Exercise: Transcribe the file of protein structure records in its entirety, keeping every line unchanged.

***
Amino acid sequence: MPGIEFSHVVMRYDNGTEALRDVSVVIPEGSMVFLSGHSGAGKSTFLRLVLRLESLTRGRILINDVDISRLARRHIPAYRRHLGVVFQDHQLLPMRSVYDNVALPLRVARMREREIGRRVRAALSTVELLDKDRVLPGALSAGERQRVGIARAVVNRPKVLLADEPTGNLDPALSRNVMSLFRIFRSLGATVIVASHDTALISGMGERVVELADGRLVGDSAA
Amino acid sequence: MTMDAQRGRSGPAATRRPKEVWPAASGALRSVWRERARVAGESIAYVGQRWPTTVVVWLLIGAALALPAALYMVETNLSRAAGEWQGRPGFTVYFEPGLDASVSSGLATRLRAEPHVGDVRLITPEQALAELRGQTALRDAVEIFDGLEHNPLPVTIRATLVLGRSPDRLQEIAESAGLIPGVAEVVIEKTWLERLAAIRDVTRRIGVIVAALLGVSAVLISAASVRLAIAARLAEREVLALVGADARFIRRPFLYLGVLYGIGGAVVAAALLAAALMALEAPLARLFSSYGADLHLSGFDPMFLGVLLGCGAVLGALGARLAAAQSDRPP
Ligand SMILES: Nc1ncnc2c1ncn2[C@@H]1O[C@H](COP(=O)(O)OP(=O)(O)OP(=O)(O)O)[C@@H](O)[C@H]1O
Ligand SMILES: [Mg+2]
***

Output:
Amino acid sequence: MPGIEFSHVVMRYDNGTEALRDVSVVIPEGSMVFLSGHSGAGKSTFLRLVLRLESLTRGRILINDVDISRLARRHIPAYRRHLGVVFQDHQLLPMRSVYDNVALPLRVARMREREIGRRVRAALSTVELLDKDRVLPGALSAGERQRVGIARAVVNRPKVLLADEPTGNLDPALSRNVMSLFRIFRSLGATVIVASHDTALISGMGERVVELADGRLVGDSAA
Amino acid sequence: MTMDAQRGRSGPAATRRPKEVWPAASGALRSVWRERARVAGESIAYVGQRWPTTVVVWLLIGAALALPAALYMVETNLSRAAGEWQGRPGFTVYFEPGLDASVSSGLATRLRAEPHVGDVRLITPEQALAELRGQTALRDAVEIFDGLEHNPLPVTIRATLVLGRSPDRLQEIAESAGLIPGVAEVVIEKTWLERLAAIRDVTRRIGVIVAALLGVSAVLISAASVRLAIAARLAEREVLALVGADARFIRRPFLYLGVLYGIGGAVVAAALLAAALMALEAPLARLFSSYGADLHLSGFDPMFLGVLLGCGAVLGALGARLAAAQSDRPP
Ligand SMILES: Nc1ncnc2c1ncn2[C@@H]1O[C@H](COP(=O)(O)OP(=O)(O)OP(=O)(O)O)[C@@H](O)[C@H]1O
Ligand SMILES: [Mg+2]